I used to hate planning lessons. It was my least favorite part of my TESL certification program.
My instructors wanted so much detail. Every single moment of the lesson had to be accounted for and justified. Why are you doing this? Why at this point in the lesson? What is this supposed to teach them? What does the research say about this type of activity? It was overwhelming.
I much preferred to “wing it”. Go with the flow.
Sometimes it worked. But most of the time it didn’t. I would get lost in my own lesson, and forget to mention an important detail, or hand out the work sheet the students were supposed to be working on. I would jump ahead to talk about things they hadn’t had time to practice.
I was disorganized. My lessons were a mess. And my students were confused and frustrated.
Now, I appreciate having a good plan. I even actually enjoy making lesson plans.
Something that helped me a lot was to work backwards from my end goal. I could think about what I wanted my students to do, and give them (and me!) a roadmap to get them there.
One semester, the goal was to have my students write and present a basic, 5-or-so-sentence paragraph. I call these paragraphs “hamburger paragraphs” because your introduction and conclusion sentences should be similar, like two halves of a bun, and a paragraph without enough to support it is like slapping a patty between your buns and calling it a day. Sure, it’s technically a burger, but it could be so much more with some supporting details, just like condiments and toppings make for better burgers.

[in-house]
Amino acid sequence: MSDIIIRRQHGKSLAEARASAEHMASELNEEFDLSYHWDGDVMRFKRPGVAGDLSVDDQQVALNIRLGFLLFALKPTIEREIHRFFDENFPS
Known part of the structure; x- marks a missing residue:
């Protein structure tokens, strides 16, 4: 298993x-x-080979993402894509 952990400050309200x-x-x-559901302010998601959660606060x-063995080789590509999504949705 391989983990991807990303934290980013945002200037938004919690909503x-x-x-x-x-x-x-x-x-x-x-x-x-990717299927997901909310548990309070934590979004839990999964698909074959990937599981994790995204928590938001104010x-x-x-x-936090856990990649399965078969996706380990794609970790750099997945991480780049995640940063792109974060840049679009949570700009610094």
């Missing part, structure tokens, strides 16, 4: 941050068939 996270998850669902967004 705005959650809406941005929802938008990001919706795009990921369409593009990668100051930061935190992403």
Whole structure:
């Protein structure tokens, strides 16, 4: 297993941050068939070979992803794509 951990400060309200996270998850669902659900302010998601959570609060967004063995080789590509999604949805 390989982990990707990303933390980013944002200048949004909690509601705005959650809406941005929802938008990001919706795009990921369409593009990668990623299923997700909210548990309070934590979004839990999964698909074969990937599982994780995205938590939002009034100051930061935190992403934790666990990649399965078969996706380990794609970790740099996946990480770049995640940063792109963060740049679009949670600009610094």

I knew this was a good goal since a previous assignment of “Write a paragraph about X” resulted in a stack of written assignments that barely resembled anything I would consider to be a paragraph. Sentences written out line by line. Sentence fragments galore. Disconnected thoughts put to paper. It was a mess.
But it wasn’t their fault. I didn’t show them what a paragraph was, or that what I called a paragraph might be different than what their other teachers had been expecting.
So with my end goal of students presenting their paragraphs to the class, I could figure out the steps to get them there.
Step one: sentences. Complete. Verbs. Subjects. We were gonna have to go over some basic grammar.
Step two: Because. How to use it in a sentence. Why “my dog died because I was sad” will make Chelanna sensei chuckle to herself and then feel bad. And sad about your dog.
Step three: Putting sentences together. Load up our “hamburgers” with lots of juicy details.
Step four: How to present things to the class, a.k.a the back row can’t hear you if you mumble behind your paper, and neither can the front row for that matter.
Step five: Serve those delicious “burgers” up!
I couldn’t very well explain how to put sentences together before I was certain they knew what I meant by “sentence”. They couldn’t present paragraphs they hadn’t written yet. Once I had my end goal, putting the steps in order became pretty easy.
My example is for a series of lessons over the course of a semester, but it works at the single lesson level, too. Planning out what to present to the students, and what they must do, in order, is not only helpful for keeping you on track, but it helps your students, too!